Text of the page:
99 70 16,860 365,875 4,343 West Virginia . 140 150 43,270

581,150 10.952 Wisconsin..

180
199 45,977 1,004,355

14,154 Wyoming

6

5 960 52,250 364 Total .. 13,476 12,469 4,038,650 $94,869,097 1,278,332

66,573

37,811 CHAPTER XXXII.

PROTESTANT EPISCOPAL BODIES.

1.—THE PROTESTANT EPISCOPAL CHURCH.

THE beginnings of the Church of England in this country reach back into the sixteenth century, although the Protestant Episcopal Church was not formally organized as an independent branch until 1785. Clergymen of the Church of England accompanied the early colonists of North Carolina across the sea, one of whom baptized an Indian chief in 1587 in a colony unsuccessfully begun by Sir Walter Raleigh, and also, about the same time, the first white Christian born in that colony. It is probable that the Rev. Francis Fletcher, who accompanied, as chaplain, the expedition of Sir Francis Drake to the Pacific Coast, held services on California soil as early as 1579. He officiated for six weeks in the neighborhood of Drake's Bay. In 1607 worship according to the Anglican ritual was established in the new colonies at Jamestown, Va., and Kennebec, Me. It was soon discontinued in Maine, but in Virginia it was not interrupted. An Episcopal congregation was gathered in New Hampshire in 1631, and parishes were formed in other parts of New England and the Middle States in the early colonial days, Trinity parish, New York City, being constituted in 1693, and Christ Church parish, in Philadelphia, in 1695. The church became the established church in New York, New Jersey, Maryland, Virginia, South Carolina, and Georgia. In Virginia, for a considerable period, no other form of worship was tolerated. In Massachusetts, on the other hand, the Anglican service was not allowed until liberty for it was secured by royal proclamation in 1662. The Episcopal Church received considerable assistance from England, particularly from the Society for the Propagation of the Gospel, organized in 1701, which sent over many missionaries.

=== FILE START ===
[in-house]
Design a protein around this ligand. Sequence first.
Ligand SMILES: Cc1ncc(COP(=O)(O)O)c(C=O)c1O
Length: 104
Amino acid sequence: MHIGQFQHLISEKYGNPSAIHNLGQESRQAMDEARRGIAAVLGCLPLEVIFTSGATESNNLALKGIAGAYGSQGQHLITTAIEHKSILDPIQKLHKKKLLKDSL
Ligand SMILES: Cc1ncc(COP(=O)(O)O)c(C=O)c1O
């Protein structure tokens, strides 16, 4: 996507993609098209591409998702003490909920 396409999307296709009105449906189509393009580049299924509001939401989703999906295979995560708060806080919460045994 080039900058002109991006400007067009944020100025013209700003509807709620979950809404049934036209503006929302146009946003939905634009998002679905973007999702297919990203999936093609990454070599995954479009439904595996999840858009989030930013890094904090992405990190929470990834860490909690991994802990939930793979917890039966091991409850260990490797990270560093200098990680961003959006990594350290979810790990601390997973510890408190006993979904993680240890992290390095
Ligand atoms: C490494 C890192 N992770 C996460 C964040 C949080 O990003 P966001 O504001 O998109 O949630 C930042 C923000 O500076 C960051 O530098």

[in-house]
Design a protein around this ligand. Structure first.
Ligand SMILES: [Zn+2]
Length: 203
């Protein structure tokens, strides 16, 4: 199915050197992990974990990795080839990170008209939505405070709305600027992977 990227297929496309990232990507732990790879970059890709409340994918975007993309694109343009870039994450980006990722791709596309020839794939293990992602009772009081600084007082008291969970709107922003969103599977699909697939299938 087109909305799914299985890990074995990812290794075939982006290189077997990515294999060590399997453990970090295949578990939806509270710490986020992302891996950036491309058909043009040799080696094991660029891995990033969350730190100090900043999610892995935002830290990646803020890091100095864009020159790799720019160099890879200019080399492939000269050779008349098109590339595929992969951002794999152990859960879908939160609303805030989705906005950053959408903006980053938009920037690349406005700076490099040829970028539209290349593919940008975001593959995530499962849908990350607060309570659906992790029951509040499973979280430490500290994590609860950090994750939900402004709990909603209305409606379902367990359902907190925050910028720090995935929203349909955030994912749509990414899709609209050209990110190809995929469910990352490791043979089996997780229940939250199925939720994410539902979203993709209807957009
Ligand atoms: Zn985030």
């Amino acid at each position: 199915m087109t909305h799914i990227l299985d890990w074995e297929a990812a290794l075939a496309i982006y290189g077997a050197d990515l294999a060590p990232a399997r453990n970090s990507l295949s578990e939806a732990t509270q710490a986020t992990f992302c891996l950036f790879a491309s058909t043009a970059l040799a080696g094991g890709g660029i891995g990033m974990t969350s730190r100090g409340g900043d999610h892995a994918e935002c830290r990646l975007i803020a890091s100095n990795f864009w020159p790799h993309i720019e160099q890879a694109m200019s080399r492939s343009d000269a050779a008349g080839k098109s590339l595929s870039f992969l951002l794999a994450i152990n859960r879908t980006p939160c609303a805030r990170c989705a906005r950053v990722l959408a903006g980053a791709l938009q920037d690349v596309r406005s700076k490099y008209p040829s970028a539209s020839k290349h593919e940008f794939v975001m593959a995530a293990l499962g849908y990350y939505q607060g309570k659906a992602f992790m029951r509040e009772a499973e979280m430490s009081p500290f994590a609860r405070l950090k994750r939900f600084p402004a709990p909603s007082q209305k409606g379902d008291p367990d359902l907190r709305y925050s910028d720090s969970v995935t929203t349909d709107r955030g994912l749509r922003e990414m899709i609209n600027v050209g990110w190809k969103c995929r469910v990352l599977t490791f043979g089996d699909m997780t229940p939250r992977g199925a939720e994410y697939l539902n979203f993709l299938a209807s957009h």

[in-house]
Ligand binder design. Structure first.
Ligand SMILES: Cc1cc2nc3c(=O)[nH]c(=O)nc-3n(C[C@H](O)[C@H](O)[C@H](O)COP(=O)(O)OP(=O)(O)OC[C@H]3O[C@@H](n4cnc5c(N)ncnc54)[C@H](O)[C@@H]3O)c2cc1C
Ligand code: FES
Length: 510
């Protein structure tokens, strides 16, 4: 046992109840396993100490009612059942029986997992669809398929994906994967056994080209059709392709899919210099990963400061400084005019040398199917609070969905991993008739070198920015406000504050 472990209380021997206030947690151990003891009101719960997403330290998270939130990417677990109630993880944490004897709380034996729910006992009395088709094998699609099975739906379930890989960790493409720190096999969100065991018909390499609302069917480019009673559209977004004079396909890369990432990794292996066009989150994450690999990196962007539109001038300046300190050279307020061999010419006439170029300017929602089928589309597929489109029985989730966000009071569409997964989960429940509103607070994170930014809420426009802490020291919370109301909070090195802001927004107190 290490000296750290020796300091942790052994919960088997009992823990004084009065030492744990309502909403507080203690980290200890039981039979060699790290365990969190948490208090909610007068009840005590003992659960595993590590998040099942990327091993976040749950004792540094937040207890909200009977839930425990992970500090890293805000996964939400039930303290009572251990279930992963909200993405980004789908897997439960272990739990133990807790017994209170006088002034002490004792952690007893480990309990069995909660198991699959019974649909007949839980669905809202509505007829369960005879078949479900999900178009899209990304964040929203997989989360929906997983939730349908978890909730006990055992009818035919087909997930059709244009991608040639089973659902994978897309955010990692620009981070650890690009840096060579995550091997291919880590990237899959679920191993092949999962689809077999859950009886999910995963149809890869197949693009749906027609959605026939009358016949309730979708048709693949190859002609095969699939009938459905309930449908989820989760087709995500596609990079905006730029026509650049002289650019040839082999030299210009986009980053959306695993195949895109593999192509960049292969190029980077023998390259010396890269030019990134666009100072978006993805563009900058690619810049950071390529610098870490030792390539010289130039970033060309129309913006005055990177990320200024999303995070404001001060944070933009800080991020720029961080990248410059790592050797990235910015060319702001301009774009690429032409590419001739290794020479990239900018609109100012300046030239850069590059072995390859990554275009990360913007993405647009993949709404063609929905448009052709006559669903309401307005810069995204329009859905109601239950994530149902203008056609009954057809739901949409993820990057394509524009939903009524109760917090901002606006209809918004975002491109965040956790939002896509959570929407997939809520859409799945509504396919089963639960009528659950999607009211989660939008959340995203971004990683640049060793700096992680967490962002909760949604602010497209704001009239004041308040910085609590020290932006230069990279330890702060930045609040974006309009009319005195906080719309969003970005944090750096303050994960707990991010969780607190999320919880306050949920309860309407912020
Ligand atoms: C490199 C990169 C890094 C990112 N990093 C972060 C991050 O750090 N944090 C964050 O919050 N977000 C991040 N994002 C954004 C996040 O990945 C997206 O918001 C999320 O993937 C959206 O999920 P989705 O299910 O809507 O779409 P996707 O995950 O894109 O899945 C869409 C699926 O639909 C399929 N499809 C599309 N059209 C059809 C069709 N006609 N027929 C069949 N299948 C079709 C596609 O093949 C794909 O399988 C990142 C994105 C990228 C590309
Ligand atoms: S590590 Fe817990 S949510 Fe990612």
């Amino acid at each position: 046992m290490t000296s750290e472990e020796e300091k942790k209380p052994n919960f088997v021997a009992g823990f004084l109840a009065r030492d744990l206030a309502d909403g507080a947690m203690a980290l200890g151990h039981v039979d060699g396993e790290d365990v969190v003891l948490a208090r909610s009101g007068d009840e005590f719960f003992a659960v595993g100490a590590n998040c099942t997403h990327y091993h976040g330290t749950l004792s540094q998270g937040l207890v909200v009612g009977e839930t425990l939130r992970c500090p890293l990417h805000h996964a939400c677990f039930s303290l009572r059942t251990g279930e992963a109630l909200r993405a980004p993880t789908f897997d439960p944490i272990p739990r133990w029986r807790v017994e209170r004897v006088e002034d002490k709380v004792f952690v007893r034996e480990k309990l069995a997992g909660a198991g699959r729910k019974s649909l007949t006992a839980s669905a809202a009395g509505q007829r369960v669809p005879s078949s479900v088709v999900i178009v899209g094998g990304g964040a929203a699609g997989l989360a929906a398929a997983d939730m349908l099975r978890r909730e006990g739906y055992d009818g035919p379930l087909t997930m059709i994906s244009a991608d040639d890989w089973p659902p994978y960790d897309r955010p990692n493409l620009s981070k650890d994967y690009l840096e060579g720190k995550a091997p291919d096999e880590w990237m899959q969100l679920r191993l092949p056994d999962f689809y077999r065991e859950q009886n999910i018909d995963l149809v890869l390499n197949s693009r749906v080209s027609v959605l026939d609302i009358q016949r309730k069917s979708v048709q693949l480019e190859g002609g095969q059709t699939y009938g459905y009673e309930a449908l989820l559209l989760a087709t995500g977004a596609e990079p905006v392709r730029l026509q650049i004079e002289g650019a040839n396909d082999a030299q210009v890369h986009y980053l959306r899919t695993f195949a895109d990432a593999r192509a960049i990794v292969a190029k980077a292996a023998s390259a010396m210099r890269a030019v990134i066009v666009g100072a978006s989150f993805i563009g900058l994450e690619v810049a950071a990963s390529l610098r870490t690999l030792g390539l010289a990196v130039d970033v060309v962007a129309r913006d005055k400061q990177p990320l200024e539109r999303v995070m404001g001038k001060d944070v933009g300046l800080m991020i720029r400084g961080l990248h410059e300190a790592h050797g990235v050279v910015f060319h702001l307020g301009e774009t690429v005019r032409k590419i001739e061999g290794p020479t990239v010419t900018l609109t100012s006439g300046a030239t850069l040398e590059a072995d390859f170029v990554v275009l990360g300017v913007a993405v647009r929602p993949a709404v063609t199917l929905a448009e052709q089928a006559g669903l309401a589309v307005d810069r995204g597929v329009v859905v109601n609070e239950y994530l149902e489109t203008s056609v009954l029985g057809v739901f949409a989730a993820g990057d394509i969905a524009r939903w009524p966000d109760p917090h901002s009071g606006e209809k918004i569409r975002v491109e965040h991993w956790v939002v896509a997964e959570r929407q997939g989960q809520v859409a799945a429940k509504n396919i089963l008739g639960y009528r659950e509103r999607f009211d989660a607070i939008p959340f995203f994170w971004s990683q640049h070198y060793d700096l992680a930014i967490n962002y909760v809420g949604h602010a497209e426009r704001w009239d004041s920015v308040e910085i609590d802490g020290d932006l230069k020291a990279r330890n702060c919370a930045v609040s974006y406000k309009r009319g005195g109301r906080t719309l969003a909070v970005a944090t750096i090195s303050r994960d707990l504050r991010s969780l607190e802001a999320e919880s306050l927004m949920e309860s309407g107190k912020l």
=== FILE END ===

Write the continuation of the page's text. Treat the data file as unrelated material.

It is said that at the beginning of the Revolutionary War the society was maintaining about eighty missionaries in the colonies.

At the close of the struggle resulting in American independence many of the parishes were without ministerial oversight. Some of the clergymen had left the country during the war, returning to England or going north to the British provinces. In Virginia, where at the outbreak of the war there had been 164 churches and chapels and 91 clergymen, it was found in 1784 that 95 parishes were either extinct or forsaken, and only 28 clergymen remained. At a conference of clergymen and laymen from New York, New Jersey, and Pennsylvania, held in New Brunswick, N. J., in May, 1784, steps were taken to form “a continental representation of the Episcopal Church.” In the following October a convention, representing Delaware and Maryland, in addition to the three States above named, assembled in New York City, and resolved to “recommend to the clergy and congregations of their communion” that “there be a general convention of the Episcopal Church"; that the first meeting of the convention be held in Philadelphia in September, 1785; and that clerical and lay deputies be appointed by the Episcopal churches in the several States, “ duly instructed and authorized” to take